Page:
We recalled the previous meeting – (or was it the one before that? It was all so long ago) – when Mr. Nelson had taken the initiative to invite two members of Riverside‘s oversight committee to speak, and they were kind enough to do so, and to describe the subpoena power they enjoy, and the investigators they sometimes employ – two features along with others that Emery had long insisted were impossible for Anaheim to provide. Now and then Board and audience members would glance over at Paul to see if he’d notice that he was being made a liar, but he spent the whole presentation immersed in his tablet.
It will cost something like half a million to replace Mr. Emery, and the reasons to do so continue to multiply. But it’s a hard choice: as Jose told the Anaheim Democratic Club recently, “Just think of all the other things we could do with half a million dollars.” And, “these staff people are experienced professionals, and some of them may behave much differently with new council direction.” It’s hard to see, though, any Council majority forcing this fellow to take police oversight seriously.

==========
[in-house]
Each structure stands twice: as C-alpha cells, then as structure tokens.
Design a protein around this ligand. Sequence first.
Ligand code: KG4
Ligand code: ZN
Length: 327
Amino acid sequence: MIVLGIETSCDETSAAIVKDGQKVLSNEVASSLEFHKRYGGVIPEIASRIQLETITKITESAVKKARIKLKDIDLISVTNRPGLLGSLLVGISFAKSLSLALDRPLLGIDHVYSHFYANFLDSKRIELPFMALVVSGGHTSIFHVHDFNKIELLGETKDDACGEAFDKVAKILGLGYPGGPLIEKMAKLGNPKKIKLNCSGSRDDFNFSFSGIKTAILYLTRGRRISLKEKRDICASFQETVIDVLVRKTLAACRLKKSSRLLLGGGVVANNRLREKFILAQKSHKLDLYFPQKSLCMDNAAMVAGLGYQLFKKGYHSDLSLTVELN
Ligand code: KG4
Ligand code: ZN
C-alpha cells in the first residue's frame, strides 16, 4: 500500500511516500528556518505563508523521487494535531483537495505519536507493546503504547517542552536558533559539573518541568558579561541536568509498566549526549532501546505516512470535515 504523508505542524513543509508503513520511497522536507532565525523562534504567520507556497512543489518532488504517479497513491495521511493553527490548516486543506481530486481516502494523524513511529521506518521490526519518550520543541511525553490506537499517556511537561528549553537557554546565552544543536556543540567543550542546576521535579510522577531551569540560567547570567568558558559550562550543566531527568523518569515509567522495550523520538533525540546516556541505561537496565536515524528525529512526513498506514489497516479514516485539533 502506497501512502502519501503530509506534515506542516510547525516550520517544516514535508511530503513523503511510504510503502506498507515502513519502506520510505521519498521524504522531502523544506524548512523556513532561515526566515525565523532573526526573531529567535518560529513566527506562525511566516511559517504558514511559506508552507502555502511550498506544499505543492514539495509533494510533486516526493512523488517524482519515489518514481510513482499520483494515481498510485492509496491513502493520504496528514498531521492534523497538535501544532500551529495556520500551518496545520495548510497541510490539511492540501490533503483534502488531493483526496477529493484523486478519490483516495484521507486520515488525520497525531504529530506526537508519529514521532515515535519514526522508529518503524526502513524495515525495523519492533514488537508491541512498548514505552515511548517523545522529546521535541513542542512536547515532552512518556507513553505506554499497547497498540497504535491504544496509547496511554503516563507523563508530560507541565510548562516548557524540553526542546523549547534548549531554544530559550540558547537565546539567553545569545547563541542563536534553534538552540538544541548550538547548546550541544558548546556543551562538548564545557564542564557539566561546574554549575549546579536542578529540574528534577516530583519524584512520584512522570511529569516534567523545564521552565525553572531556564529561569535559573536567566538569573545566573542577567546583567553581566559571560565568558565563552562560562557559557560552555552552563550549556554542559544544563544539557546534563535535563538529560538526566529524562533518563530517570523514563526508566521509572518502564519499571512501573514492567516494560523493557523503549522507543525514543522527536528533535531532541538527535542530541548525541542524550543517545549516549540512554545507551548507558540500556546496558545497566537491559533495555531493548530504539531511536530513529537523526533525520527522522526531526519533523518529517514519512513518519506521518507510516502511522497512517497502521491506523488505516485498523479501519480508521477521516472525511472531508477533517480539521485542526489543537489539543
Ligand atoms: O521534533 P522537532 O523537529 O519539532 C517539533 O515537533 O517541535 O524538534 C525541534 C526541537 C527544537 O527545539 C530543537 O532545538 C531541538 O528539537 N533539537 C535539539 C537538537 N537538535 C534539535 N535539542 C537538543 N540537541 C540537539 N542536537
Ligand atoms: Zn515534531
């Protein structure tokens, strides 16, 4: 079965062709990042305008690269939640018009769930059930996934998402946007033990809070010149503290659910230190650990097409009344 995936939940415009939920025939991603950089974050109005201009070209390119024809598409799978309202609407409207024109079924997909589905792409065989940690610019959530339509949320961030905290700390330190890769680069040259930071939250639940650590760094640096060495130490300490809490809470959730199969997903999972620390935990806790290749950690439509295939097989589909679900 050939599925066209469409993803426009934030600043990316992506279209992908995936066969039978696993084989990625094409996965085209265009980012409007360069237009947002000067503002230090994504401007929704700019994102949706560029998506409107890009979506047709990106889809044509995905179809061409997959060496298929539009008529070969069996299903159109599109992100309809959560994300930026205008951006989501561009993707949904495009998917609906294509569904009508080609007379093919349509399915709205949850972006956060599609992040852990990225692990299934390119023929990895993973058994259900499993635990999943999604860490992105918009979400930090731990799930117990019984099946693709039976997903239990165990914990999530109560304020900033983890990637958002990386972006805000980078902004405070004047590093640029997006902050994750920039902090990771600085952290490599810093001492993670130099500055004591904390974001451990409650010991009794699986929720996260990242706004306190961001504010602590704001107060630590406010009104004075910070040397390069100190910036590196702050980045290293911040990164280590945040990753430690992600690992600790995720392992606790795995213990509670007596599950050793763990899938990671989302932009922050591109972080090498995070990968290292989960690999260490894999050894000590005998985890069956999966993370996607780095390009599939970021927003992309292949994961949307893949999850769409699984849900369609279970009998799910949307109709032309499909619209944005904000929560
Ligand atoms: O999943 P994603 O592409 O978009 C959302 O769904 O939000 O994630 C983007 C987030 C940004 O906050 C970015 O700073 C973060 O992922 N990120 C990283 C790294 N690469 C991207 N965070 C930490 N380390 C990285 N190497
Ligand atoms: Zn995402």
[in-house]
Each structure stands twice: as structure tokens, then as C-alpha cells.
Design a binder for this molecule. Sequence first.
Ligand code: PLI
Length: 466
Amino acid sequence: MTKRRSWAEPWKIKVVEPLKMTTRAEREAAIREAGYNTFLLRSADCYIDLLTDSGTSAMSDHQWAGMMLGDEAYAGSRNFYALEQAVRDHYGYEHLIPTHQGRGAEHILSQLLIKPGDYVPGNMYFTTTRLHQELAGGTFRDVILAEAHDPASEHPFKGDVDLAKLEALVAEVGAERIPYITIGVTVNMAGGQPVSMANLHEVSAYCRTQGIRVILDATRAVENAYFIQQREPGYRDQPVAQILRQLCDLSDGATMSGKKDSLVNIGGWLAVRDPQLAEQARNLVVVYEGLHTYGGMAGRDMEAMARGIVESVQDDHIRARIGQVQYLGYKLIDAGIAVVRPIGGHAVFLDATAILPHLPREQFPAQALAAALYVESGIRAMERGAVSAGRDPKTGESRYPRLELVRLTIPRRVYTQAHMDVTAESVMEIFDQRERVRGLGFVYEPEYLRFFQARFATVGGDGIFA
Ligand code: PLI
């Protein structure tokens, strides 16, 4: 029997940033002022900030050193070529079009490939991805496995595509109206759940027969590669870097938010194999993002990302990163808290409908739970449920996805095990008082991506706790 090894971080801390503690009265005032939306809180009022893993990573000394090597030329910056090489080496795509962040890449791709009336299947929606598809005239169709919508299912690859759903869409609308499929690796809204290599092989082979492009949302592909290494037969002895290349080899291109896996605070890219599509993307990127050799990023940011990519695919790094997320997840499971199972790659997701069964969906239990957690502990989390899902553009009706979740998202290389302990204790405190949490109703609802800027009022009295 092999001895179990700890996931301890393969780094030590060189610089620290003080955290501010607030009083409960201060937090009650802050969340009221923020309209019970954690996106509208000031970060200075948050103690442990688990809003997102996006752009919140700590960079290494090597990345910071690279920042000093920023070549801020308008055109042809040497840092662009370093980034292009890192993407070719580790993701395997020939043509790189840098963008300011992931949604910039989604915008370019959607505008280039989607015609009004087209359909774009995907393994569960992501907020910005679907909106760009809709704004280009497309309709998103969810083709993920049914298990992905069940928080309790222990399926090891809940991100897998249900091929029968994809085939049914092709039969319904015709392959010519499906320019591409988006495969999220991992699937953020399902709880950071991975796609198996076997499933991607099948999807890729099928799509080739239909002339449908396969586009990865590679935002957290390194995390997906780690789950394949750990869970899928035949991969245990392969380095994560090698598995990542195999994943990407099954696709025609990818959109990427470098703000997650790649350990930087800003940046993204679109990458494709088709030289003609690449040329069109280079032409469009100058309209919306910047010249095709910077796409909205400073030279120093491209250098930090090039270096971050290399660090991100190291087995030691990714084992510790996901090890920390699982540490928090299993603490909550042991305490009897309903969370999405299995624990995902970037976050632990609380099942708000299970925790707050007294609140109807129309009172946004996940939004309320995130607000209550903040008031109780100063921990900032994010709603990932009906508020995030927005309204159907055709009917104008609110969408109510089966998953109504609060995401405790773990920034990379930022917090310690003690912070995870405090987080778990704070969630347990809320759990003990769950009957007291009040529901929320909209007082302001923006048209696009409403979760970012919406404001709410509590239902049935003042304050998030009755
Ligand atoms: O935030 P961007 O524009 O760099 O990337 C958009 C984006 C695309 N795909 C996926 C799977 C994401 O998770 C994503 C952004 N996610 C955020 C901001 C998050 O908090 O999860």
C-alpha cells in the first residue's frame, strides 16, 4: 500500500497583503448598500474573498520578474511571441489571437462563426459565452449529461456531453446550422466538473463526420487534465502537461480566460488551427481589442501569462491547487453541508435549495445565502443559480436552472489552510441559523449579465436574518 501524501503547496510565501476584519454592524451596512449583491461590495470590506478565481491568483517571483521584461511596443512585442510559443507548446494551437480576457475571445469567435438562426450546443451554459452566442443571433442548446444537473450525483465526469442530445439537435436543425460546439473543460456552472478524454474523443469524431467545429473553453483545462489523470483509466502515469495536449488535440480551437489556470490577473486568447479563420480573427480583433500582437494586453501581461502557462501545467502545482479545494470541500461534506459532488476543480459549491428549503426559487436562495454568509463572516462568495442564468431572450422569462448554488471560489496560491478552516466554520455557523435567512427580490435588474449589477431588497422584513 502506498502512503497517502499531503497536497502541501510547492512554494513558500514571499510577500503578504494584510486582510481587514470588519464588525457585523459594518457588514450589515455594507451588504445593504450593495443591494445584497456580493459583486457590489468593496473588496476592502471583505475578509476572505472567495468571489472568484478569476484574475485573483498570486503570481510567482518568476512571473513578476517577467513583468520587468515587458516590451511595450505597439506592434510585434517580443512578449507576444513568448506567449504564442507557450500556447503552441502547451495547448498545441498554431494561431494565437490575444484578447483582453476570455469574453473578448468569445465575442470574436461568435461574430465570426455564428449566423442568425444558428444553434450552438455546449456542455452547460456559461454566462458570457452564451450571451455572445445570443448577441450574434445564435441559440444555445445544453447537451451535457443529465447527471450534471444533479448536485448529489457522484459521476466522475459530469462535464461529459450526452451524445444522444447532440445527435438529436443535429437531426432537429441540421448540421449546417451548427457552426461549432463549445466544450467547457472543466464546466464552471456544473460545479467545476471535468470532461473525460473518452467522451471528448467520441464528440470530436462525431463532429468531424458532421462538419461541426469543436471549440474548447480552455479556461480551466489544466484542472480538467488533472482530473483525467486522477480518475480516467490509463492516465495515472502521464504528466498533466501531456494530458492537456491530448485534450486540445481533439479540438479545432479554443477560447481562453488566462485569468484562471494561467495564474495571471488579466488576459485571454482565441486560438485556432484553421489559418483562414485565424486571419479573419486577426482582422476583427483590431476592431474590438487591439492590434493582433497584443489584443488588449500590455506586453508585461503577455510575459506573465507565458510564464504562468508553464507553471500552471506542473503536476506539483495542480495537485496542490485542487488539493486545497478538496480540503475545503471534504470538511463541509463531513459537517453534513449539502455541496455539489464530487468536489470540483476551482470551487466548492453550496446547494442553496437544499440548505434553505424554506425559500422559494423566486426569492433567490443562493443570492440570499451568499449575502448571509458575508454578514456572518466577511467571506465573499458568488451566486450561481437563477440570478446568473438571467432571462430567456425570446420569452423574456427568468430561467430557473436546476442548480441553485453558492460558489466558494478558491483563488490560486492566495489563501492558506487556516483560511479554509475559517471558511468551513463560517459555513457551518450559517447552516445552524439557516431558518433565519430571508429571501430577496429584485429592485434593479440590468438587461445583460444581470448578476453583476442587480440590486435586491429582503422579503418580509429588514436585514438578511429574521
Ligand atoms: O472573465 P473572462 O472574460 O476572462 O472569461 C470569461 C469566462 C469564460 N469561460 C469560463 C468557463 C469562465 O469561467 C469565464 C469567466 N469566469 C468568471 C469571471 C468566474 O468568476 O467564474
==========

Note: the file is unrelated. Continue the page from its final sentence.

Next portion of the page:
I’d mentioned Michael Gennaco and his OIR (Office of Independent Review) out of the blue; that was rude, as you may not know who or what that is.
The OIR is an LA-based law firm run by “civil rights lawyer” Michael Gennaco, with which Anaheim contracts out for $85,000 a year to give his input on our troubled police department and moribund oversight. Although Duane aptly warned three years ago that Anaheim’s use of OIR was a “smokescreen” to prevent and divert from real citizen oversight, Mr. Gennaco has made many decent, common-sense recommendations to the police department over these two years – which the leadership accepts or rejects as they choose.